A very rare Chinese export porcelain plate made for the Canadian market, centered with the arms of a Canadian trading company. The armorial design features a central shield with images of the four sources of wealth of the Canadian trade: whale, fish, beaver and mink, with human supporters in the form of Britannia with a ship’s mast, a cornucopia at her feet, and the “noble savage” of the wilderness with his bow, arrows, beaver, and a black bear, the crest rendered as a globe surmounted by a trading ship. All within diapered and spearhead borders in underglaze blue. Measuring 9 3/4″ in diameter and in very good condition. Discussed and illustrated in Howard’s Chinese Armorial Porcelain, vol. I, Page 715. Circa 1795.
A really fine example of a Kangxi period Chinese export porcelain Provinces charger, decorated in famille verte enamels and gilding and centered with the Arms of Holland within an outer molded border of lotus petals with alternating figural vignettes and vases of flowers against a diapered ground. An interesting ‘East meets West’ contrast between the European armorial and Chinese design motifs. Measuring 12″ in diameter and in good condition with only two small rim lines to the reverse and the expected minor rim frits. These are very rare and desirable objects produced in a series with each set representing the arms of the various provinces of the Netherlands, as well as England, to commemorate their alliance against the powerful Louis XIV of France. Kangxi period, circa 1700-1720. Ex-Ann and Gordon Getty Collection.
An outstanding pair of Chinese export porcelain dinner plates from a service made for Catherine the Great of Russia, each centered with the Imperial double-headed eagle supporting a shield with an image of St. George slaying the dragon. The rim with a delicate ribbon and flowering vine-entwined border, a device most likely from French or English ceramics of the period. Catherine the Great (1729-1796) reigned from 1762 and is Russia’s longest reigning female monarch, responsible for expanding and westernizing her country. Measuring 9 1/2″ in diameter and in very good condition. Circa 1780. Priced individually.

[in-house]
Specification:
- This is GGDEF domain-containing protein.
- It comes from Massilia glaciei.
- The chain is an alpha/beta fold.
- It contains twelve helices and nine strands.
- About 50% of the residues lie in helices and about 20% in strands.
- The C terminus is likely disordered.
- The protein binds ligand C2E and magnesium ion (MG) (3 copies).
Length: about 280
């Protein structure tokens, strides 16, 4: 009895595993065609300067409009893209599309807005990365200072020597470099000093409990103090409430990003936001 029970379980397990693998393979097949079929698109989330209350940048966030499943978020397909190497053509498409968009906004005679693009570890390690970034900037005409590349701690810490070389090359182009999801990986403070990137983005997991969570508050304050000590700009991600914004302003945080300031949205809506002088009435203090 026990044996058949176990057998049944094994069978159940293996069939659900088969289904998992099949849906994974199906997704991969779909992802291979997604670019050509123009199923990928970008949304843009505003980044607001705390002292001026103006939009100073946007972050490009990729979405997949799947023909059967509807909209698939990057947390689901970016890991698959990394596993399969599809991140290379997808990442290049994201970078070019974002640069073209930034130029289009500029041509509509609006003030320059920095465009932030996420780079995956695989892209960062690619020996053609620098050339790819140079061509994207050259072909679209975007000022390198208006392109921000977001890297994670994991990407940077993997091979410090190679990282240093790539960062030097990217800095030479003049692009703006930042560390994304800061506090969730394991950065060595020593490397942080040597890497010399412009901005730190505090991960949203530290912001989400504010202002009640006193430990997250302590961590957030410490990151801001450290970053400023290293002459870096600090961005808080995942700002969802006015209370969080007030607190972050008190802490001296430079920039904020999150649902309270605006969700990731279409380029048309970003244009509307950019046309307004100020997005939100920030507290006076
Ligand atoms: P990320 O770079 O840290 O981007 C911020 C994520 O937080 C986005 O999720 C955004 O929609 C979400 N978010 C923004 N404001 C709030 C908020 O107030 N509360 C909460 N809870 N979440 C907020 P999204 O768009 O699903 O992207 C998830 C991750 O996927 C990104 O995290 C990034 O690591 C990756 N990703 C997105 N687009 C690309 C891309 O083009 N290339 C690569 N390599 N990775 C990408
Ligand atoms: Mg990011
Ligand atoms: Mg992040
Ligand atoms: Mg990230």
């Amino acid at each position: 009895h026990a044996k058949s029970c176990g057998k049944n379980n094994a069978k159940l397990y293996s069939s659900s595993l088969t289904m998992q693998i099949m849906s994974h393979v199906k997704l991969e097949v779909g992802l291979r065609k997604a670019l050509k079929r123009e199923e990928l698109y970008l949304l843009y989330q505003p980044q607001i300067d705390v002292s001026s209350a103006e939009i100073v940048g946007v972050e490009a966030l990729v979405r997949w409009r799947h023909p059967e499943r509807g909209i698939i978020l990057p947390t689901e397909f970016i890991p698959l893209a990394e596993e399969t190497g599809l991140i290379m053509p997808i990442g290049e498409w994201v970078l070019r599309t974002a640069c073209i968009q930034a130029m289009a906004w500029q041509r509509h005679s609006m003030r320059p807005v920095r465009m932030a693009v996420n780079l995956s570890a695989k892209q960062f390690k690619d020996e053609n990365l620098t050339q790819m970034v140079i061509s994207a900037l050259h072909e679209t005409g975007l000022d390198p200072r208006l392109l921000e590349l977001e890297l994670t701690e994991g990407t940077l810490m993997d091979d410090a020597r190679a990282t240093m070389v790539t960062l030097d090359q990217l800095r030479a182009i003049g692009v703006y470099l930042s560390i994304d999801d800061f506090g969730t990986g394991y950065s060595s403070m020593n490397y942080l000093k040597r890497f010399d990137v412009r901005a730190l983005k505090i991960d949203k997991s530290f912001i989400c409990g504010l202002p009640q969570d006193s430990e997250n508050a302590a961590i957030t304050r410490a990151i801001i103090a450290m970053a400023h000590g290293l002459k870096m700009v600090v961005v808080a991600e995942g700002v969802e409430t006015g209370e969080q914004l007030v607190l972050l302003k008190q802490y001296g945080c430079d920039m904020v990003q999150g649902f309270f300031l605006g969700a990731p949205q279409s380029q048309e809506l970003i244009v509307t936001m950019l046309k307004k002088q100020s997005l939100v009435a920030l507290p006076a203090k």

A beautiful Chinese export porcelain 9″ soup plate made for the English market, bearing the Arms of MILLS impaling WEBBER, centered with a quatrefoil reserve decorated with a scene of a European gentleman walking along the banks of a river, a walled and towered town on the opposite side, while the rim is decorated with two reserves featuring Western ships entering harbors, the rim top featuring the family’s crest of a lion rampant, the bottom centered with the arms. The use of the porcelain white space sets off the famille rose designs beautifully. Illustrated in Howard’s Chinese Armorial Porcelain, Vol. I, page 325. This piece with a history of descent in the family of Robert Treat Paine of Boston. Glaze line and very minor rim frit, otherwise quite fine condition. Another available to make a pair. Circa 1745.
A fantastic example of Chinese export special order armorial porcelain made for the English market, these fine plates are from a service bearing the Arms of Chapman quarterly impaling Wood quarterly with Edmundson in pretence. These elaborate and flamboyantly rendered arms with their Latin motto fill the well of the plate within a gilded spearhead cavetto border, the rim decorated with an understated rendering of elegant flowering peony branches in bianco-sopra-bianco. Services such as these were de rigueur status symbols for the English nobility of the 18th century, advertising their wealth and connections. Discussed and illustrated in Howard’s Chinese Armorial Porcelain, vol. I, page 411. Measuring 9″ in diameter, and in very good condition. Circa 1740.